by David Spratt
It is an extraordinary finding that shows public sentiment is well ahead of the major political parties, and ahead of the large climate advocacy organisations.
22 April 2019
by Ian Dunlop and David Spratt, first published at Pearls and Irritations
The first duty of a government is to “protect the people”,
their safety and well-being. Nowhere is this duty more important than in
addressing climate change, which now constitutes a near-term
existential threat to human civilisation. It is an open, and pressing,
question whether the Australian Public Service (APS), and particularly
the intelligence services, currently have the capacity to properly
consider and assess the climate threat to the people of Australia, and
to offer sound advice on action to minimise that threat.
|Credit: One World House|
17 April 2019
Former Australian defence and security experts say if we are serious about national security then we must decarbonise our economy within a decade.
A new powerful and eye-opening short documentary series presents some of Australia's former security, defence and political leaders who warn us that climate change is 'a catalyst for conflict' and a 'threat multiplier' as it fuels instability in the world’s most vulnerable regions.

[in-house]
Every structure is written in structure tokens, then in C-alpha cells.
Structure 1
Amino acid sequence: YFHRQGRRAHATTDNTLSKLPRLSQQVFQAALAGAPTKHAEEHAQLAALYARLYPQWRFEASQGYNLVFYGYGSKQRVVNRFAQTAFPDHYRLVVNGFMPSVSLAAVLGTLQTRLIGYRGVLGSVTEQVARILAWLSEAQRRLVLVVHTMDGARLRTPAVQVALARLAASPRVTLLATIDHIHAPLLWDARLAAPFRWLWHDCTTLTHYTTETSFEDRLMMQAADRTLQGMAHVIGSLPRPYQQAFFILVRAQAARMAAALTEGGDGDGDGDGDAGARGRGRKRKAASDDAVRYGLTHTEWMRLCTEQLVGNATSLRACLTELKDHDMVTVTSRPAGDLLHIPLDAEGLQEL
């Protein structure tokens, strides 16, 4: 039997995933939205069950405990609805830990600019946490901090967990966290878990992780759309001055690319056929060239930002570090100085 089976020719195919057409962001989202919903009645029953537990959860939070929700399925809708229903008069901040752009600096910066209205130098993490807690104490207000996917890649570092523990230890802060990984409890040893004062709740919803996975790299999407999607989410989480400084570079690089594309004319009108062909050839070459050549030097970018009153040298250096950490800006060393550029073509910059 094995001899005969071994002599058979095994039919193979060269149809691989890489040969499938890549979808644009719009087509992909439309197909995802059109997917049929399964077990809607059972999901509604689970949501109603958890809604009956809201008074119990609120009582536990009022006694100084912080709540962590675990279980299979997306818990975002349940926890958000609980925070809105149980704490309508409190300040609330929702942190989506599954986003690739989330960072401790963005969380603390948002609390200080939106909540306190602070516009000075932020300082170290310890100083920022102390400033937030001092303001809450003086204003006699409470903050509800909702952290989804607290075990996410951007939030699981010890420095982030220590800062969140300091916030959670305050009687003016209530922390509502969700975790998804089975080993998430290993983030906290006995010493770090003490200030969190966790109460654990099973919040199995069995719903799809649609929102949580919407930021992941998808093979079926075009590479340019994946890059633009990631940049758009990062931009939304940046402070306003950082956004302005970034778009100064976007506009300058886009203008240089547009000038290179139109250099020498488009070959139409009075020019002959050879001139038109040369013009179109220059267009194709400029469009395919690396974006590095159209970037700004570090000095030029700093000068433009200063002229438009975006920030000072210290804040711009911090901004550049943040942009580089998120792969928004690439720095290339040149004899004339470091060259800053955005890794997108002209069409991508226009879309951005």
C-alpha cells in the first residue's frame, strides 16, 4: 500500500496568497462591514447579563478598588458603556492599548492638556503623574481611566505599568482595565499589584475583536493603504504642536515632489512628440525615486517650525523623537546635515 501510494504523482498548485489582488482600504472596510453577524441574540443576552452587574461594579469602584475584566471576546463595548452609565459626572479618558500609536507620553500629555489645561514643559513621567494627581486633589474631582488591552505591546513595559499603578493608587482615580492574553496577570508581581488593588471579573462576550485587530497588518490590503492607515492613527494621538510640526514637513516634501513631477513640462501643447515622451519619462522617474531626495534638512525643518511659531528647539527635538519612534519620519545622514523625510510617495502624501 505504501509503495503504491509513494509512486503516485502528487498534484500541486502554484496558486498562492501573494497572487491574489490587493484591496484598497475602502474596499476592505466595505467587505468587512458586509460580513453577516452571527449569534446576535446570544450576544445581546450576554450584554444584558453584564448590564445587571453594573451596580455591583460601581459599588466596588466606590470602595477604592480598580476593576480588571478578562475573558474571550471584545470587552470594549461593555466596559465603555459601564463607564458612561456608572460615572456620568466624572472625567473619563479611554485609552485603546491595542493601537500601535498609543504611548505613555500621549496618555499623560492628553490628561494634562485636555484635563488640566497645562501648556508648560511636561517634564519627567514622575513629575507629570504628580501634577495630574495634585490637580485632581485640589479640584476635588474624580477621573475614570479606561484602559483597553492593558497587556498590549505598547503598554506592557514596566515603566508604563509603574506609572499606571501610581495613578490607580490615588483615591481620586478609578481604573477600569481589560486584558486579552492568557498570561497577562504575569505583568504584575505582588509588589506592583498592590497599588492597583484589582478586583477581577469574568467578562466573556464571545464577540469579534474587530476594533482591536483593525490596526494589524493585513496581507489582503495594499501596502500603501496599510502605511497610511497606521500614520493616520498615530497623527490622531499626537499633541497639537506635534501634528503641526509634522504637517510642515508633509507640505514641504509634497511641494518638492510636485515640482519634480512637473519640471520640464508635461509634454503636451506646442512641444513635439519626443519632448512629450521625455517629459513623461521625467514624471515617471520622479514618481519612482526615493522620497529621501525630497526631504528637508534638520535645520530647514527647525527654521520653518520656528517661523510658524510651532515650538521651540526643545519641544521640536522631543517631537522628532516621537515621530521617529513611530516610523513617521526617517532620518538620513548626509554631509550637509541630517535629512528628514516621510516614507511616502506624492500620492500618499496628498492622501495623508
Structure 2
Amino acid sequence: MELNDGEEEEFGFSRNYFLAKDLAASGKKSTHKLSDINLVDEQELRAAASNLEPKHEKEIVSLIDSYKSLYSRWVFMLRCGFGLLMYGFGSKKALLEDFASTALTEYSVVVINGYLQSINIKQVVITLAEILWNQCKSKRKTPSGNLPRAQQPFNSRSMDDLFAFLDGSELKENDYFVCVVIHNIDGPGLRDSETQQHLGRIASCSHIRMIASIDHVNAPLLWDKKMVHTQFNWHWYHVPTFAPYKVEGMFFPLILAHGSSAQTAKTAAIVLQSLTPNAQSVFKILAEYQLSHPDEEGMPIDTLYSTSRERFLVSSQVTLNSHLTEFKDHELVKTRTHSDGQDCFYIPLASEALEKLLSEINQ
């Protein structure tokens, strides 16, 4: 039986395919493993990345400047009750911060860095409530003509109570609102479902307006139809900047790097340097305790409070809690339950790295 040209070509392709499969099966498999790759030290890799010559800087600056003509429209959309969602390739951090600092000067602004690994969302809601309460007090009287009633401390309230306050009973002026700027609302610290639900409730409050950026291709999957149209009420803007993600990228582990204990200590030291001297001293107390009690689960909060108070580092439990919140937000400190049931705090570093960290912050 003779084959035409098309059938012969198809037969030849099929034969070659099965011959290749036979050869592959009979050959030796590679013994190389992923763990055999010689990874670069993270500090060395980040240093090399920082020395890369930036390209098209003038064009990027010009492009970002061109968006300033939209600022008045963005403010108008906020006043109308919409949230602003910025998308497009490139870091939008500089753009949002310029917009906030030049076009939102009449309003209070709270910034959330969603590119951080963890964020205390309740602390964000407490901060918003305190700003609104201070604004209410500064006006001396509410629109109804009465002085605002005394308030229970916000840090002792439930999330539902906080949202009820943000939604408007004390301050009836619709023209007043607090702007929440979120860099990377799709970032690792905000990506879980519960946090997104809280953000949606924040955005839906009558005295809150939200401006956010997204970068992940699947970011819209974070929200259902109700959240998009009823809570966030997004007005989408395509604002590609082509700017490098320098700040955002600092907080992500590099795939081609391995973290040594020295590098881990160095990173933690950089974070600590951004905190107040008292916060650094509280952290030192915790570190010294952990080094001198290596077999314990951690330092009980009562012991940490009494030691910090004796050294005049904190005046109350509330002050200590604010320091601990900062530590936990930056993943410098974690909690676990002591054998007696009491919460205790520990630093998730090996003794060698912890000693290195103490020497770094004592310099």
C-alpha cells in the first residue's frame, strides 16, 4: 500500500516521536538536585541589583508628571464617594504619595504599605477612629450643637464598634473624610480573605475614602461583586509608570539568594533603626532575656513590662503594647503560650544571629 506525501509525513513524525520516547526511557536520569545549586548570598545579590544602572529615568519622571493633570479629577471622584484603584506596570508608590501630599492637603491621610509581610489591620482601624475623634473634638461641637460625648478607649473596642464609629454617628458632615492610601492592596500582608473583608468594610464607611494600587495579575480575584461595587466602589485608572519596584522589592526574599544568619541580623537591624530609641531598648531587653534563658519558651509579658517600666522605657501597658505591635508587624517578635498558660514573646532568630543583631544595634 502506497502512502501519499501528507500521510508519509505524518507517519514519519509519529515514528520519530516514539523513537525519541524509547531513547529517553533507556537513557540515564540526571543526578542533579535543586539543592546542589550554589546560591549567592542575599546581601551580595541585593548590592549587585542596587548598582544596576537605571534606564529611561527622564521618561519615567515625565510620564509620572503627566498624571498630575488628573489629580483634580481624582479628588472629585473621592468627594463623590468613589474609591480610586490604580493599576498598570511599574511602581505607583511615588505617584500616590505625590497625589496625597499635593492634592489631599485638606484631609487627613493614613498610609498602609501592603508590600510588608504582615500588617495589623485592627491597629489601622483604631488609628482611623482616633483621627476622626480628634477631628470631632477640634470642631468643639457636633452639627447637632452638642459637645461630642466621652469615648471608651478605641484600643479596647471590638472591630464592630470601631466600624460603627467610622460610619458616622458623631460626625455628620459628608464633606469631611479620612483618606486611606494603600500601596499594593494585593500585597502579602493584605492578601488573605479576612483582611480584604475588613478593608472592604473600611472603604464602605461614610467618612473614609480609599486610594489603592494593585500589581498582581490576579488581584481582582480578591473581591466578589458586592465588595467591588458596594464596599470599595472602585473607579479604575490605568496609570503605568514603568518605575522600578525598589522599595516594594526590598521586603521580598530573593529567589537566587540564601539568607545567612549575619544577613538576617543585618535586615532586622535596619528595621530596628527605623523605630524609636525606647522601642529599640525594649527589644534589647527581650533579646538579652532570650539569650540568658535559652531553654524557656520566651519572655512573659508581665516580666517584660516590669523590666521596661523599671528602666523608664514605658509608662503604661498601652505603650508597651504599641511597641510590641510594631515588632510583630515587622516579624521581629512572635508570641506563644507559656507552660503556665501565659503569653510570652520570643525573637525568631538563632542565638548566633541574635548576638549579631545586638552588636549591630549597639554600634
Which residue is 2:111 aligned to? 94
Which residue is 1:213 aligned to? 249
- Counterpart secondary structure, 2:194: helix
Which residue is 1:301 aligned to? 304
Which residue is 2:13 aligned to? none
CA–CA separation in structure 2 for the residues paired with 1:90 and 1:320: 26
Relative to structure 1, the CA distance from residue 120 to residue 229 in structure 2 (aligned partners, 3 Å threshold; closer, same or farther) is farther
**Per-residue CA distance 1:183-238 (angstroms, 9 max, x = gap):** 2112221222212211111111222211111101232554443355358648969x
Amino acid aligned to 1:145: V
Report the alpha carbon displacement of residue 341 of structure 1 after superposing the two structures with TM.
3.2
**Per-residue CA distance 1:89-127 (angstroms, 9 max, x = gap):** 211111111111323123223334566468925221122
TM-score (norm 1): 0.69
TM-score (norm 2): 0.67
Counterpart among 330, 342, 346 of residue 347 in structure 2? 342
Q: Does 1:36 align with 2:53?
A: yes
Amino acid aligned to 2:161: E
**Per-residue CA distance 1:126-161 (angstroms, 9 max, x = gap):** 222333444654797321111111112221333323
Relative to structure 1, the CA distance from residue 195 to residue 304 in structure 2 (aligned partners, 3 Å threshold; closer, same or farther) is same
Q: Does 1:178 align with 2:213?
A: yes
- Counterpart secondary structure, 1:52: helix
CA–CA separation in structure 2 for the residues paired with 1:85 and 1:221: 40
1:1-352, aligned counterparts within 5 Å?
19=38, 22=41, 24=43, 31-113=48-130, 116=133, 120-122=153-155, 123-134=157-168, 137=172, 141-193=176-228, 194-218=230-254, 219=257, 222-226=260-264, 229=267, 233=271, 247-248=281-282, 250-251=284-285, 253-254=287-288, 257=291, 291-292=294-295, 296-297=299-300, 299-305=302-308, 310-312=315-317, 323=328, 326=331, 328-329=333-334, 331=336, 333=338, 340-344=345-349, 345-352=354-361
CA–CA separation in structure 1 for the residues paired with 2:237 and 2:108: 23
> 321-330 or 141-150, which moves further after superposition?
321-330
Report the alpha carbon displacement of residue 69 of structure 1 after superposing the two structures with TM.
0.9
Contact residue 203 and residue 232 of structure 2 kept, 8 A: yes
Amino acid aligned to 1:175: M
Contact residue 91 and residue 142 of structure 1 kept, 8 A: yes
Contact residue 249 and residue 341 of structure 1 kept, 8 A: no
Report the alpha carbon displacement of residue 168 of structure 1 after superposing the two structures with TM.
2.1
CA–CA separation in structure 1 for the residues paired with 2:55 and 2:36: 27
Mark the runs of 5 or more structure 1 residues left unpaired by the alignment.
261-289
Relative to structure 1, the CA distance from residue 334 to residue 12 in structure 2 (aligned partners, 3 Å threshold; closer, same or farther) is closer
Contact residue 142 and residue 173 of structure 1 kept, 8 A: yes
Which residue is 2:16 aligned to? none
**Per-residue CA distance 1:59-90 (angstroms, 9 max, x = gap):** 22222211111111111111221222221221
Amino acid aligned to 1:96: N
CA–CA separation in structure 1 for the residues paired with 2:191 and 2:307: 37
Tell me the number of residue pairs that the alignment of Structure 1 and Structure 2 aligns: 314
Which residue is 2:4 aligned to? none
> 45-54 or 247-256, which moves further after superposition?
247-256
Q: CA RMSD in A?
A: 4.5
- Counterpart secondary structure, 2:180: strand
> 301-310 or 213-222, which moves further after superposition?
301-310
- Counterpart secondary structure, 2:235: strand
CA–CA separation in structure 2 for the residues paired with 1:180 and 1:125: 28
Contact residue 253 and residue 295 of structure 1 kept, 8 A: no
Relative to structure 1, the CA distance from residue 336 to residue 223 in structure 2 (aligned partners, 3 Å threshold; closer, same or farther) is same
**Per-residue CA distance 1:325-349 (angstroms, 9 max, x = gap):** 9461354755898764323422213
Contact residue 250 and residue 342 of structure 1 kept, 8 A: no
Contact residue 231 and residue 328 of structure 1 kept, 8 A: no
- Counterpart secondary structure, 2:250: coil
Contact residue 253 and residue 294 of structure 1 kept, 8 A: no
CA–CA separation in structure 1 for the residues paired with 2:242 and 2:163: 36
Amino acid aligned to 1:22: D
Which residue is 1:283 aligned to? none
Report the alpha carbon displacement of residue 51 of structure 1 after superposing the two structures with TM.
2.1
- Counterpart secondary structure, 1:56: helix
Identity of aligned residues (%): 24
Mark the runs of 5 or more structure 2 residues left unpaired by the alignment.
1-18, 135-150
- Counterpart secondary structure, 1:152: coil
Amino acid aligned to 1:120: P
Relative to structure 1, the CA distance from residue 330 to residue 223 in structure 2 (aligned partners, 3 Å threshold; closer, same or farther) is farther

08 April 2019
|On the current high-emissions scenario (RCP 8.5), most of the tropical zone experiences many months each year of deadly heat, beyond the capacity of humans to survive in the outdoors. Source: Global risk of deadly heat|
Part 2 of 2 | Read Part 1.
by David Spratt
Intergovernmental Panel on Climate Change
The Intergovernmental Panel on Climate Change (IPCC) produces science synthesis reports for the primary purpose of informing policymaking, specifically that of the UNFCCC. This may be termed “regulatory science” (as opposed to “research science”), which Sheila Jasanoff describes as one that “straddles the dividing line between science and policy” (9) as scientists and regulators try to provide answers to policy-relevant questions. In this engagement between science and politics, say Kate Dooley and co-authors, “science is seen neither as an objective truth, nor as only driven by social interests, but as being co-produced through the interaction of natural and social orders”.
International climate policymaking has failed to avoid a path of catastrophic global warming. Two often-overlooked causes of this failure are how climate-science knowledge has been produced and utilised by the United Nation’s twin climate bodies and how those organisations function.
Part 1 of 2 | Read Part 2.
by David Spratt
It is now widely understood that human-induced climate change this century is an existential risk to human civilisation. Unless carbon emissions are rapidly reduced to zero, it is likely that global warming will either annihilate intelligent life or permanently and drastically curtail its potential.
While policymakers talk about holding warming to 1.5°C to 2°C above the pre-industrial level—a very unsafe goal given that dangerous climate-system tipping points are being activated now at just 1°C of warming—by their lack of action they are in fact setting Earth on a much higher warming path that will destroy many cities, nations and peoples, and many, if not most, species.